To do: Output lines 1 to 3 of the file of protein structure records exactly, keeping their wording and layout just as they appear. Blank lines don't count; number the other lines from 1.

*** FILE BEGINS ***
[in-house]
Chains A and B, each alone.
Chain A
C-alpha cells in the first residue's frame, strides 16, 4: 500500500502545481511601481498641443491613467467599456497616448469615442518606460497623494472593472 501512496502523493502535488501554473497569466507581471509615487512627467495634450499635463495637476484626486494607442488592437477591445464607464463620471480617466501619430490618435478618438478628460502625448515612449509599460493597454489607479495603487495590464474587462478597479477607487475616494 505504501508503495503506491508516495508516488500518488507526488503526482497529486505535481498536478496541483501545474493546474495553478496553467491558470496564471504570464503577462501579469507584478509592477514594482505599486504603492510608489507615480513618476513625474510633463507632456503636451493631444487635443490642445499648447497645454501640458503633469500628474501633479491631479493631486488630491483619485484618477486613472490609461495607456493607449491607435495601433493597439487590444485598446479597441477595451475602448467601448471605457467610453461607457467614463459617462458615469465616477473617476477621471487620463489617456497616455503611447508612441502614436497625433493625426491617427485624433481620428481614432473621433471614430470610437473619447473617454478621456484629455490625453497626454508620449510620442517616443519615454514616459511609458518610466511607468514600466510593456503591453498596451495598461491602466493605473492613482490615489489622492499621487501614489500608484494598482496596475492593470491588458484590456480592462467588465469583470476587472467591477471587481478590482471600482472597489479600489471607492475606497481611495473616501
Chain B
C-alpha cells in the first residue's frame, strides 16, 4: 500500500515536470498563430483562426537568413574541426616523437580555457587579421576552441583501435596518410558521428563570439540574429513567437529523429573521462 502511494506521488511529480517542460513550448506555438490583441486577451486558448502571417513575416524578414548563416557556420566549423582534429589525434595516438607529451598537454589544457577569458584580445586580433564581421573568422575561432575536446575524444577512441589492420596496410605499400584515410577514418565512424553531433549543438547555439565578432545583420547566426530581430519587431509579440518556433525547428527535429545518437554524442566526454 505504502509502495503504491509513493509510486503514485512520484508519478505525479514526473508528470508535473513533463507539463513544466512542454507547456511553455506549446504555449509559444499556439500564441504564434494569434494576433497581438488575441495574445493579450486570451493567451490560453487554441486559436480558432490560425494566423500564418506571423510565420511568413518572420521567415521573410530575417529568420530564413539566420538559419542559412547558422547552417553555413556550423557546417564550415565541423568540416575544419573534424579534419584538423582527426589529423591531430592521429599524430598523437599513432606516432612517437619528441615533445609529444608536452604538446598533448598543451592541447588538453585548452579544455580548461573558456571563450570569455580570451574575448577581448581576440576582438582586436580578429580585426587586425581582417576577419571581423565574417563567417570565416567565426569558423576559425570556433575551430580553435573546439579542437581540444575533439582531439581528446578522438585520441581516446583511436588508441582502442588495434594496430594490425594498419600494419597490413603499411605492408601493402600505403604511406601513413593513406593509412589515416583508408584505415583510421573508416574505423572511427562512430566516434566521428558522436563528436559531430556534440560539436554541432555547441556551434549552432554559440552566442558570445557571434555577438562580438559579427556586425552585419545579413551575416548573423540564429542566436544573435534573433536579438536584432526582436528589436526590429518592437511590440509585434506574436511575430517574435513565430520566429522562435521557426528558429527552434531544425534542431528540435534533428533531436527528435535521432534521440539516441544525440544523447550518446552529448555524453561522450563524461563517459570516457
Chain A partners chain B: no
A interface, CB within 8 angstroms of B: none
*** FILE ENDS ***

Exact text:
[in-house]
Chains A and B, each alone.
Chain A